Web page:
(K)buntu mail server

David Fletcher dave at thefletchers.net
Sat Mar 15 00:06:17 UTC 2014

On Thu, 2014-03-13 at 18:57 +0100, Nils Kassube wrote:

> I'm not sure if you have an idea what 3.5W is. Many USB TV or WLAN 

I have an engineering degree, so yes, I know exactly what 3.5W is :-)

> sticks need the max. power provided by USB which is 2.5W and those parts 
> don't even have the option to use a fan. So 3.5W without a fan for a 
> board which is considerably bigger than e.g. a USB WLAN stick shouldn't 
> be a problem.

I just took a look at the Pi specifications, and I have to disagree with
you. I would never consider it suitable for a mail server. I tried
setting up a flash drive for a friend with Ubuntu installed on it, for
her to try out Linux. It was useless. Hopelessly slow and after a couple
of months of little use, failed. So, for me, it's a hard drive every

Does the Pi have a SATA connection? The Wikipedia article doesn't
mention one. In any case, you have to provide two power supply voltages
for a hard drive so that's an immediate increase in complication and
expense. With a proper mini ITX board, you just give it 12V and it
provides the rest. Simple and cheap.

IMHO if you're going to do a job, damn well do it properly. Anybody who
goes to the trouble of setting up a mail server is going to become
dependant on it so start out with proper hardware that's going to be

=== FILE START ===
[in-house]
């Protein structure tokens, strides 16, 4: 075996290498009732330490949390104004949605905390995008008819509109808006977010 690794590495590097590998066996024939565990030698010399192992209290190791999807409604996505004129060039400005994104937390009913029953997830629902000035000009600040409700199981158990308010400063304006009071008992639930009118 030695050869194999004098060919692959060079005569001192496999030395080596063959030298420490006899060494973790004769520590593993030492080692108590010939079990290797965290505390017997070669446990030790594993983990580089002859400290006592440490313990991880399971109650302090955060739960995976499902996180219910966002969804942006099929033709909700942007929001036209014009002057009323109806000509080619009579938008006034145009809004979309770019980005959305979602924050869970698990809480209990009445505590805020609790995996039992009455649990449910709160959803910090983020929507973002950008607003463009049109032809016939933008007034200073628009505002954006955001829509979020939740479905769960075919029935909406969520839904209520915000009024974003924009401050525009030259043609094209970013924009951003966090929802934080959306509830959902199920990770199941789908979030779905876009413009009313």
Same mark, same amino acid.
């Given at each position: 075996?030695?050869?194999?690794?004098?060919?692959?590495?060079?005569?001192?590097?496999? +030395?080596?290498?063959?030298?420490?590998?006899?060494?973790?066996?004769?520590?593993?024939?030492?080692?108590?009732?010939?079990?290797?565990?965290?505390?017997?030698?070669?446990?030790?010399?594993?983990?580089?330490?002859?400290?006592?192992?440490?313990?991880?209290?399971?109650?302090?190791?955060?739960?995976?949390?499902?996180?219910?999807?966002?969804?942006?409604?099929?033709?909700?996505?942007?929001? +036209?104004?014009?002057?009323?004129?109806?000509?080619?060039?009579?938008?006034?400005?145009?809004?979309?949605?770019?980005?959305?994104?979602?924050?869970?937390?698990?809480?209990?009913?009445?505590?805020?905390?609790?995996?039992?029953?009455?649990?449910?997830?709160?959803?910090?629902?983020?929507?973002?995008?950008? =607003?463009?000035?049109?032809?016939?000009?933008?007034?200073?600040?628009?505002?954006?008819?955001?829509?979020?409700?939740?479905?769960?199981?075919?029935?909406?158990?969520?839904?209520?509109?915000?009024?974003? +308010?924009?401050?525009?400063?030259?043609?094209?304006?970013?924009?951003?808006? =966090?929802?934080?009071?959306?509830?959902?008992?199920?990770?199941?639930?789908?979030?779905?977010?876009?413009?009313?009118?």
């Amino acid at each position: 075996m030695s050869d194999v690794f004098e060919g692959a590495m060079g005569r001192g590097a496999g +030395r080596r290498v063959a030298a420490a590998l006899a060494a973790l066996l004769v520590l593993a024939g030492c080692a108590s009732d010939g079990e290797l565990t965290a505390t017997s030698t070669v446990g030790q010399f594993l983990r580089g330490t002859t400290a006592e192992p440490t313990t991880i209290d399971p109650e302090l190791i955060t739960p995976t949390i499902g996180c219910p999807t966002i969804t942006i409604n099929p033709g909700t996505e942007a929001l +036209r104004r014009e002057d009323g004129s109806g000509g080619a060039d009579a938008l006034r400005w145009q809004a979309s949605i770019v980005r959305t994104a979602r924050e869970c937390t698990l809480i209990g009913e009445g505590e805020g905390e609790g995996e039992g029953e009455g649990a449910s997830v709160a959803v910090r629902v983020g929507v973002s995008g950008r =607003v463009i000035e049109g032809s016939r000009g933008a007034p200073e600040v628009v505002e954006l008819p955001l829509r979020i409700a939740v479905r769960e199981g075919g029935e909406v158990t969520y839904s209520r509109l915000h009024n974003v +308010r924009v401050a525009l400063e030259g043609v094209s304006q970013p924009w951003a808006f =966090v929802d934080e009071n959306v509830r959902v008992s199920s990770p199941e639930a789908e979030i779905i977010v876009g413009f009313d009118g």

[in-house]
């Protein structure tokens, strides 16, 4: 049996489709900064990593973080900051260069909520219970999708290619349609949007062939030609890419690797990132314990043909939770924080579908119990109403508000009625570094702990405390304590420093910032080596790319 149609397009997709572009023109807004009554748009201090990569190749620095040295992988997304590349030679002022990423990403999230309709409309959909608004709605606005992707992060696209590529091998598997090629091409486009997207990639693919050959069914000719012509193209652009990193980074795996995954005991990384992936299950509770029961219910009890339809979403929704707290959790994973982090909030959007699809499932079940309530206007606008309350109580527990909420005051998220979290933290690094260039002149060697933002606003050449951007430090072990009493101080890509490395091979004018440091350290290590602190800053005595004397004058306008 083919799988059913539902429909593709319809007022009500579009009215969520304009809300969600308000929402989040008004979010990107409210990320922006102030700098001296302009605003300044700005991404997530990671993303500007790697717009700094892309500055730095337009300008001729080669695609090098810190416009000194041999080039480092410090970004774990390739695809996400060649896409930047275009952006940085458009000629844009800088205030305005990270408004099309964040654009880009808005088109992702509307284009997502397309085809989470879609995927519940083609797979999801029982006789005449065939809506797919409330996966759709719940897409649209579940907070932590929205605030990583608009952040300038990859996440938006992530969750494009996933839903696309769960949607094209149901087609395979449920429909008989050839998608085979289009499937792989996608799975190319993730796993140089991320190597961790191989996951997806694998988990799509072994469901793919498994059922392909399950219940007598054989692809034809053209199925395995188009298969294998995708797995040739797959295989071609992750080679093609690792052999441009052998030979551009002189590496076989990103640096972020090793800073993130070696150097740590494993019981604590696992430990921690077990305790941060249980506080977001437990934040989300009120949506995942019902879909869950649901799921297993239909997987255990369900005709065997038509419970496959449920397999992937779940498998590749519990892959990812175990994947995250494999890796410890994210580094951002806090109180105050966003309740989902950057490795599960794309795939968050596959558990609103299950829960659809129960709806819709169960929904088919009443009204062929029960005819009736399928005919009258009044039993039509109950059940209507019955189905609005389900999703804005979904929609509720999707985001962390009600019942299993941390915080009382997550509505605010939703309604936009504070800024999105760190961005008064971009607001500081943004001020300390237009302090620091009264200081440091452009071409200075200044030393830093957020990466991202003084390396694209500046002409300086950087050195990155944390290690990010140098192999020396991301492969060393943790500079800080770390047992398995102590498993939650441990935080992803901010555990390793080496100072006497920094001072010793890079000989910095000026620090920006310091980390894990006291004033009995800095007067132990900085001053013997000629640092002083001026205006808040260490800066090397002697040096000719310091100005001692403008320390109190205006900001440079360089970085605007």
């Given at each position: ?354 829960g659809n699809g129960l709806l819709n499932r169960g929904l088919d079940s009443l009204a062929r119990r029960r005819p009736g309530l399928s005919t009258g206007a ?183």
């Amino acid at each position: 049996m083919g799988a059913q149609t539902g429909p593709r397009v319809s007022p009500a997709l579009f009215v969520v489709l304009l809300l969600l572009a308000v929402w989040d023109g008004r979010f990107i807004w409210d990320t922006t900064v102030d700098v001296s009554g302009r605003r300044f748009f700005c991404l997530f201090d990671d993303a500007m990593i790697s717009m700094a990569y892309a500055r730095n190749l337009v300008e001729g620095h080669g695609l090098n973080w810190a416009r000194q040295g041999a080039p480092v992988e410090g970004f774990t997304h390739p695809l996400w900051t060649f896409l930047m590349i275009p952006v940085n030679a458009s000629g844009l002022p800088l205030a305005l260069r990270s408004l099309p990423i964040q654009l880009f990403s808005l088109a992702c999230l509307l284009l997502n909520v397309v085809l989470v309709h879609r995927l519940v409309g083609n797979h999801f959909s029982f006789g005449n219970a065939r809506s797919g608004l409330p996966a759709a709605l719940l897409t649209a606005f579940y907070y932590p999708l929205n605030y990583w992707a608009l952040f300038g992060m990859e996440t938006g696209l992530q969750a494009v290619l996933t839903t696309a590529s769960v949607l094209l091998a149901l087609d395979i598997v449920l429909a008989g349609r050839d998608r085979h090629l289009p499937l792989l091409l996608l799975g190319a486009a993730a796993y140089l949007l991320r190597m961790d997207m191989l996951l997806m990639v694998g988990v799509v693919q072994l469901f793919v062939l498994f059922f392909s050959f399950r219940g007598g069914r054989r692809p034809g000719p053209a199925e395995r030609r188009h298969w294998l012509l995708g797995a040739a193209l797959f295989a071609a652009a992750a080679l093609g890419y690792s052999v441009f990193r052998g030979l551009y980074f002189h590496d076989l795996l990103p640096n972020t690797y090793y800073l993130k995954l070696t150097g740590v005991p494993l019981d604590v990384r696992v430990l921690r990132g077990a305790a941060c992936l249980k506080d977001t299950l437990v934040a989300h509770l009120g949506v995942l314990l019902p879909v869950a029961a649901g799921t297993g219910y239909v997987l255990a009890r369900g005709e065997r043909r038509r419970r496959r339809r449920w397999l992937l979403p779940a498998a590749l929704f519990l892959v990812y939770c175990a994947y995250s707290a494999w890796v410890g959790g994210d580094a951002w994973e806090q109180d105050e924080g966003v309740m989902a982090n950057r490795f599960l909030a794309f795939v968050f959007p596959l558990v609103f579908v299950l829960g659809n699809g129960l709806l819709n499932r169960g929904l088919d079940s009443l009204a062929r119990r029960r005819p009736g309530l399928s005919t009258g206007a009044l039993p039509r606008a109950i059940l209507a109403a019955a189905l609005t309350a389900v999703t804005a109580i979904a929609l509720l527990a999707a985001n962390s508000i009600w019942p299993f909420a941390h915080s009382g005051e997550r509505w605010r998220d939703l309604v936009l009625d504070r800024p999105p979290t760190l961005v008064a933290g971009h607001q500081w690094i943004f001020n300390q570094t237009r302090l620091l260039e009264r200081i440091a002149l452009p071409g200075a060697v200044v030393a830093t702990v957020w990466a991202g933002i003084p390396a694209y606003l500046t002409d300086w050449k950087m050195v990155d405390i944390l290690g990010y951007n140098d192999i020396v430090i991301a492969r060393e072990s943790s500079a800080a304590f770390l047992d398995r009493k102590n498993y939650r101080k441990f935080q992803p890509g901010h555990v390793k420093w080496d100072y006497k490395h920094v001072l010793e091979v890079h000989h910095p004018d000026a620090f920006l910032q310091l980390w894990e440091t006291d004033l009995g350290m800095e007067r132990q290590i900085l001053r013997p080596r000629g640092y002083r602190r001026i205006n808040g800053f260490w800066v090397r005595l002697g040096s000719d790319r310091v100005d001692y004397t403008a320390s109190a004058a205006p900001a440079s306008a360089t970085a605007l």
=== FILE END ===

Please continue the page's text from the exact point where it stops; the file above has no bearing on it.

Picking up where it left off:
reliable. By that I mean it needs to work 24/7 for some years, and it
needs enough USB ports available because you WILL be wanting it to
communicate with the Uninterruptible Power Supply so that it operates
through power failures and shuts itself down and reboots during any long
power failure when you're 2000 miles away on a ski holiday, or whatever.

Using only 3.5W doesn't make a Pi suitable. Everything else you need to
add will take a lot more so it's not very significant. I have a plug in
power meter which I don't suppose is as accurate as a professional unit,
but according to it my complete server takes about 30W. That's less than
a low power, old fashioned tungsten light bulb and I'm perfectly happy
with that.

> Well, it needs 12V, but the power supply mentioned at the link you 
> provided, delivers 60W which is an order of magnitude more that the 3.5W 
> of a Raspberry Pi. Sorry I didn't see the actual power requirement of 
> the board itself for a better comparison. But if the board really needs 
> something near those 60W, it is of course useful or maybe even necessary 
> to have a fan.

I don't use the mentioned power supply. I like to build stuff properly
so mine has an IEC mains inlet on the server case with an open frame 40W
switcher inside.

> Granted, if you want to do more things than just a mail server, your 
> board may be better suited.

I think I've shown that it is.

> Nils


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